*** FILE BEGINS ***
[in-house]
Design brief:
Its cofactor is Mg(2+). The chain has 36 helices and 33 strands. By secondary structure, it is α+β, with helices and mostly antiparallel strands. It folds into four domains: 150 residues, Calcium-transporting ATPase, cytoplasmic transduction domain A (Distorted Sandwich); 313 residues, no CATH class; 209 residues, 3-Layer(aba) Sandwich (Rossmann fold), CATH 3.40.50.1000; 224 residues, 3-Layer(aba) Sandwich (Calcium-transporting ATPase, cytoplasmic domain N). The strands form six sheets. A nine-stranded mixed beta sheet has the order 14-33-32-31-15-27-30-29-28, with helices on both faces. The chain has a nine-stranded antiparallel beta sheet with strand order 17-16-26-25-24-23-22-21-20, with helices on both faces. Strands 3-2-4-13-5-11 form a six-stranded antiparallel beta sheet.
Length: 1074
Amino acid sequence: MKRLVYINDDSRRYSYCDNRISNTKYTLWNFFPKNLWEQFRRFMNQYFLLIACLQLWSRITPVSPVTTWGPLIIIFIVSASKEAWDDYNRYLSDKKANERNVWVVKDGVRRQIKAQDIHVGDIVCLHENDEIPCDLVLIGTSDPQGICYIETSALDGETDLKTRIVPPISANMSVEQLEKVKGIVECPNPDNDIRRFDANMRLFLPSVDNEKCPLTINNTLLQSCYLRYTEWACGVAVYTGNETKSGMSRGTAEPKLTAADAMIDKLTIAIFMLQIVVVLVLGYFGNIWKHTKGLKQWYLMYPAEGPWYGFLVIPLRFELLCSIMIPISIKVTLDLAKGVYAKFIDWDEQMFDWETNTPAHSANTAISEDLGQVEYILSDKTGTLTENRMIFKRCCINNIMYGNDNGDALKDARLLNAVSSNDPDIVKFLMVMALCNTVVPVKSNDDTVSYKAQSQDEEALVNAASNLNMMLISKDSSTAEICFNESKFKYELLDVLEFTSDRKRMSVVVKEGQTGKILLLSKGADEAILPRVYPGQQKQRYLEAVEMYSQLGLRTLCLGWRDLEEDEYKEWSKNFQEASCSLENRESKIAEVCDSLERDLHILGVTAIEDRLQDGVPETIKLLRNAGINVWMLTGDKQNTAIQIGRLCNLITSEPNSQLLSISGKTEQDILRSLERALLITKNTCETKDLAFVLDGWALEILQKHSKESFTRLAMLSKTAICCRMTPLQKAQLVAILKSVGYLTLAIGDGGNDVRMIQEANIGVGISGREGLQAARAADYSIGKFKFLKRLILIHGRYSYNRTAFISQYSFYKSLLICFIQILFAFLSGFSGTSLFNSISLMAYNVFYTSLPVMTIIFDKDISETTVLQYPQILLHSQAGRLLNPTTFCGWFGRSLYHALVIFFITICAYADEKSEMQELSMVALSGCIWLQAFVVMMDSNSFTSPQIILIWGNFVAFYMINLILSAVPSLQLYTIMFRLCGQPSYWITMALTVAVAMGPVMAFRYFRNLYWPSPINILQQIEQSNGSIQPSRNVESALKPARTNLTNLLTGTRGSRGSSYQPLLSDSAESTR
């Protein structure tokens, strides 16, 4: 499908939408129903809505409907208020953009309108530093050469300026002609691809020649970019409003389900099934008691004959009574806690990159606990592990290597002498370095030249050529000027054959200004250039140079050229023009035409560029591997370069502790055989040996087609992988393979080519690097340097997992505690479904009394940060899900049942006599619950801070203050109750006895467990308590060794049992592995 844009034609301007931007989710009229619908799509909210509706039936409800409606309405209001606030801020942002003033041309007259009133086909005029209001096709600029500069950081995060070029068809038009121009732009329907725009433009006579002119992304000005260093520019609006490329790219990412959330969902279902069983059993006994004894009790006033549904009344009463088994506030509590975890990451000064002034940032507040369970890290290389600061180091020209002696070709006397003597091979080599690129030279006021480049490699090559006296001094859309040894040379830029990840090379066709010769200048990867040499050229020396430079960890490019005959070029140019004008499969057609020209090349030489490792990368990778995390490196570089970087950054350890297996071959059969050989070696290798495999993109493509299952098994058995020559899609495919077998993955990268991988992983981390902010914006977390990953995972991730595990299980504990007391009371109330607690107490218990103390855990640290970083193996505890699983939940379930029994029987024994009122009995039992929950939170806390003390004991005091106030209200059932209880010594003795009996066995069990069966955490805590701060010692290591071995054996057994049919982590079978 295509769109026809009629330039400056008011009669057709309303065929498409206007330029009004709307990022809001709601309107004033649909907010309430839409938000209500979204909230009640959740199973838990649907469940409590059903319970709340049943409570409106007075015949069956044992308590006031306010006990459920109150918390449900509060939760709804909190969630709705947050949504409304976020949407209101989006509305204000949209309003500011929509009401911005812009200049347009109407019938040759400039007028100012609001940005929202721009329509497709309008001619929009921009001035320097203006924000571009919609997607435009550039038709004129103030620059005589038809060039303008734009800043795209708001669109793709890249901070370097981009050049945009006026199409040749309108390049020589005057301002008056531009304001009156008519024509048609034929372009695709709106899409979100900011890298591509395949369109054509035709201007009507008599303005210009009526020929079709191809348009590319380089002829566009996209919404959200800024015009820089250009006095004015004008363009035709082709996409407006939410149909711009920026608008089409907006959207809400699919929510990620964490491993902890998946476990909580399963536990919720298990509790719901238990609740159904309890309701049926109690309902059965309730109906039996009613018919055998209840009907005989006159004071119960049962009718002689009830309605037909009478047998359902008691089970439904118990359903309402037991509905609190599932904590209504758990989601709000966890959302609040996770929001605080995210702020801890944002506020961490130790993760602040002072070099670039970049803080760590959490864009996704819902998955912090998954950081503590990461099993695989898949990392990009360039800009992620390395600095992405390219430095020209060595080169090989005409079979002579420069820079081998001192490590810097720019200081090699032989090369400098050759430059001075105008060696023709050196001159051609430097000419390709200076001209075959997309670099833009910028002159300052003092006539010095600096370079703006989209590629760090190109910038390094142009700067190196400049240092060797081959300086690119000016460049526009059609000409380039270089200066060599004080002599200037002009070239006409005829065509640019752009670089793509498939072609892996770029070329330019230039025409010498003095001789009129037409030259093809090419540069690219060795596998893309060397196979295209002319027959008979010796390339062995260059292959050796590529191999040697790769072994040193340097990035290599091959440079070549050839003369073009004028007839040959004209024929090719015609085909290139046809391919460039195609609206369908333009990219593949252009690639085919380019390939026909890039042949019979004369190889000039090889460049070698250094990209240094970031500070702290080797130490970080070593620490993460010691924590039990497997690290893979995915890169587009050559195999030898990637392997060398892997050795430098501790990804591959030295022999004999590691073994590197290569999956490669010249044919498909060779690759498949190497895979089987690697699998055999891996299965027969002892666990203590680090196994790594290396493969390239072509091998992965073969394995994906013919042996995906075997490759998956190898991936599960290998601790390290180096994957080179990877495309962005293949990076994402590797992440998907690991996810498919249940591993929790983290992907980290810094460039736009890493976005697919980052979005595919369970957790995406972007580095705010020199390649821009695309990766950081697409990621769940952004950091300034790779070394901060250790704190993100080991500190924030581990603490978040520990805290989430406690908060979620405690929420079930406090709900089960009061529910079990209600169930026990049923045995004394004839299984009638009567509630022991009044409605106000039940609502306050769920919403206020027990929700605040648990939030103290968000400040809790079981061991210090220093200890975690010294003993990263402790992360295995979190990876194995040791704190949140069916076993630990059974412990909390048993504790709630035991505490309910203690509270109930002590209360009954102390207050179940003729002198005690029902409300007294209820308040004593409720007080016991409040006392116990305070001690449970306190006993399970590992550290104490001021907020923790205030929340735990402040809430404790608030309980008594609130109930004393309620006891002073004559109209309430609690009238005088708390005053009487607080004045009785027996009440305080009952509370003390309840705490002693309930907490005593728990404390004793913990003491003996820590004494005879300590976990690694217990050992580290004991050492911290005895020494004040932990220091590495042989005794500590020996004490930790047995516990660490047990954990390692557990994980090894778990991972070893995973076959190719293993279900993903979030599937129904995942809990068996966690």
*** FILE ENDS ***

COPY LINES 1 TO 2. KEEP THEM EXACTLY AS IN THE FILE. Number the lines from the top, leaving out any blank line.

[in-house]
Design brief: